Norman Bel Geddes (American, 1893–1958)
Silver, mat finish
Diam. 3 in. (7.6 cm)
Gift of General Motors Corporation, 1933 (33.150.1,2)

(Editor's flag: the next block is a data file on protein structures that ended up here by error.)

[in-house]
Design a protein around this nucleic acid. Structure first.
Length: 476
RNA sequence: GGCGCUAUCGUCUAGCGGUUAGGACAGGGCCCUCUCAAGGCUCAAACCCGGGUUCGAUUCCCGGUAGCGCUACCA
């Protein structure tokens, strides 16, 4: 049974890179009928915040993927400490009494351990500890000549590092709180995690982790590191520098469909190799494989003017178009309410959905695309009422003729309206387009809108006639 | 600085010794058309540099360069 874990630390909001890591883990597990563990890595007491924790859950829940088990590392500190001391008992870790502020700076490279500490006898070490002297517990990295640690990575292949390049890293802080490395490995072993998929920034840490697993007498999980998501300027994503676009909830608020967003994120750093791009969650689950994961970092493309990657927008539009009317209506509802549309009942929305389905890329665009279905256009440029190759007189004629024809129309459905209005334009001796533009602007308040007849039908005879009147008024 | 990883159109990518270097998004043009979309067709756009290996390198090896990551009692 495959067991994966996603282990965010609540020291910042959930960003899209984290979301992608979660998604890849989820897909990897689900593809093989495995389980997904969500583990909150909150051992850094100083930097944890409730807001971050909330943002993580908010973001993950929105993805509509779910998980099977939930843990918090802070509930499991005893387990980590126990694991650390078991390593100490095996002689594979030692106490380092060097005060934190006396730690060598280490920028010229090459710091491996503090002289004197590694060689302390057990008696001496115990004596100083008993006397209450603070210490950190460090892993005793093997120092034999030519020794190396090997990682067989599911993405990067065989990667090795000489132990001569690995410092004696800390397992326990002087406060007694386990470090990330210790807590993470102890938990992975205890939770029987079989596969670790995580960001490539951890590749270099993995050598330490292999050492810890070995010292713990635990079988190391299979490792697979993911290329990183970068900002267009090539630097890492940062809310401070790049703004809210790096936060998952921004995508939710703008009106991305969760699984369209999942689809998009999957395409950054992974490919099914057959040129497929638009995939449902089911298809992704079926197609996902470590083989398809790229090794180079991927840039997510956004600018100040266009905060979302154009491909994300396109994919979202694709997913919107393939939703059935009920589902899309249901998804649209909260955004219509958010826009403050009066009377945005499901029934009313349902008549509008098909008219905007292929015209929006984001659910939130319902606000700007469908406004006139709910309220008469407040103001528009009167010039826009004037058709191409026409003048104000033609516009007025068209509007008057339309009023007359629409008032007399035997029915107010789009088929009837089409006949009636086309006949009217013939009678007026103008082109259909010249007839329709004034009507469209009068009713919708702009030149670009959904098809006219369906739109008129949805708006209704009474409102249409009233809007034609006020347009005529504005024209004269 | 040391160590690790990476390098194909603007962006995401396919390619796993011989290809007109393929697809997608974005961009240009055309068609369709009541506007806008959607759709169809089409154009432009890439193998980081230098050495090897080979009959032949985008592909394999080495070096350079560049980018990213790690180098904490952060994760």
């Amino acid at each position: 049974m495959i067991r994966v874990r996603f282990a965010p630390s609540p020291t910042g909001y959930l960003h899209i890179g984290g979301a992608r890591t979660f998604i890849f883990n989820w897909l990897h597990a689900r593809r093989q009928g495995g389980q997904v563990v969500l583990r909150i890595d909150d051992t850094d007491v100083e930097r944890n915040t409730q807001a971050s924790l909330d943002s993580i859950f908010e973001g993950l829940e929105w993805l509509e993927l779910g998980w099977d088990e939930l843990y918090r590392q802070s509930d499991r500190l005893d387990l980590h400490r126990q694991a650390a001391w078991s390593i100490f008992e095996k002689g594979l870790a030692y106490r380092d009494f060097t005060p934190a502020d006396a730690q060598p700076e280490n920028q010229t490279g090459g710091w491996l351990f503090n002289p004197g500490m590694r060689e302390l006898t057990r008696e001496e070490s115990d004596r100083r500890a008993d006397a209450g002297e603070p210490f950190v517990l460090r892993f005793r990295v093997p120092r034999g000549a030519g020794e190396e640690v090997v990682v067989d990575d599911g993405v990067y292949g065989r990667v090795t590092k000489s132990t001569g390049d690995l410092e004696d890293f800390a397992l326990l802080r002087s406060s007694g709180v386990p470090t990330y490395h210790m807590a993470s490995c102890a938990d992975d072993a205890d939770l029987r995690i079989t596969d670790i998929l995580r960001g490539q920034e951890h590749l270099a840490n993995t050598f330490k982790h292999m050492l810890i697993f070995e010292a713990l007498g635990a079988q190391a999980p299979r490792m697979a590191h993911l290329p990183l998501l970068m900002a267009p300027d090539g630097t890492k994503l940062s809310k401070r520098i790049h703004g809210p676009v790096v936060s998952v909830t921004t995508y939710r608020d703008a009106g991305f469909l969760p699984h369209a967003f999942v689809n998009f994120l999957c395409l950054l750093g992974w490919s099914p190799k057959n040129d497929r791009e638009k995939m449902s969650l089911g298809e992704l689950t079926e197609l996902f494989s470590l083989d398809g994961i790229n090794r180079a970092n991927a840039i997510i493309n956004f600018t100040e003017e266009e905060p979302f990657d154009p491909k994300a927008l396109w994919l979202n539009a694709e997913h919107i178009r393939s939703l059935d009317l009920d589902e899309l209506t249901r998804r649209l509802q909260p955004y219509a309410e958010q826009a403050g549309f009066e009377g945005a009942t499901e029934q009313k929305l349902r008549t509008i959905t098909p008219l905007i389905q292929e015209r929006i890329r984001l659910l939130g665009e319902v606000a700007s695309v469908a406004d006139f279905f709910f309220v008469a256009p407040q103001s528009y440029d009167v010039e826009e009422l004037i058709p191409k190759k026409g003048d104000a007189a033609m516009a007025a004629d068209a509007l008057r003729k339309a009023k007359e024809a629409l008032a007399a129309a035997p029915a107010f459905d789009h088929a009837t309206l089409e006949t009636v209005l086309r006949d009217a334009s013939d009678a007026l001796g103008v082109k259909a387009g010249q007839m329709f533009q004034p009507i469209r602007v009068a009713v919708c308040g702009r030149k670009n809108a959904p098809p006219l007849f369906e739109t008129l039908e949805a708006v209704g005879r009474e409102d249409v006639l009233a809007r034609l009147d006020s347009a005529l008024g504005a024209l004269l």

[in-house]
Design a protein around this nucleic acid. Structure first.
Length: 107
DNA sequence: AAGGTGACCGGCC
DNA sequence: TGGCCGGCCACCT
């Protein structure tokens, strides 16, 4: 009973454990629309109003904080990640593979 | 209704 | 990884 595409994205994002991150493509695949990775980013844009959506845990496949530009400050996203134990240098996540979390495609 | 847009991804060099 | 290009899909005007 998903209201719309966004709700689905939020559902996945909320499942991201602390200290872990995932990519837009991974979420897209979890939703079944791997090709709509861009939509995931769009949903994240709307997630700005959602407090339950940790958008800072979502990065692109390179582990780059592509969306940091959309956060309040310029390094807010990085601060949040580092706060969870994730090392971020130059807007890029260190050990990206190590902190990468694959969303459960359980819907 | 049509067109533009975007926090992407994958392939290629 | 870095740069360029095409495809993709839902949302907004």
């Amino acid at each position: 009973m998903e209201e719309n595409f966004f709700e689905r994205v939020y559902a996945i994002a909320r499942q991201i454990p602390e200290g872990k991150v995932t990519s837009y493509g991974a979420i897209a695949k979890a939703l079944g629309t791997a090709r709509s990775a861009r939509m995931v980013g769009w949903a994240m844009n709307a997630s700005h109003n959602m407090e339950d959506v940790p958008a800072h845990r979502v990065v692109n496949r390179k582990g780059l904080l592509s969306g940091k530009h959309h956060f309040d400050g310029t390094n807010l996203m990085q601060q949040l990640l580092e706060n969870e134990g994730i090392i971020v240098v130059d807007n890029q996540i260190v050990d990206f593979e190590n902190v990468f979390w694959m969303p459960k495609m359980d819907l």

This medallion, commemorating the twenty-fifth anniversary of General Motors, is an example of the Streamlined style that dominated architecture and design in America from the late 1920s to the end of the 1930s. With its abstracted, teardrop-shaped vehicle form depicted in motion, with the tall winglike element rising from its center, the overall effect is one of speed and movementcharacteristic of the Streamlined style and appropriate to the automobile and airplane age. Norman Bel Geddes was trained as a theatrical set designer but best known for another project for General Motors, the Futurama exhibition at the 1939 New York World's Fair. This exhibit, through which visitors were propelled on a giant conveyor belt, depicted a utopian vision of America in the near future, a world dependent on the speed and efficiency of the automobile for work and recreation.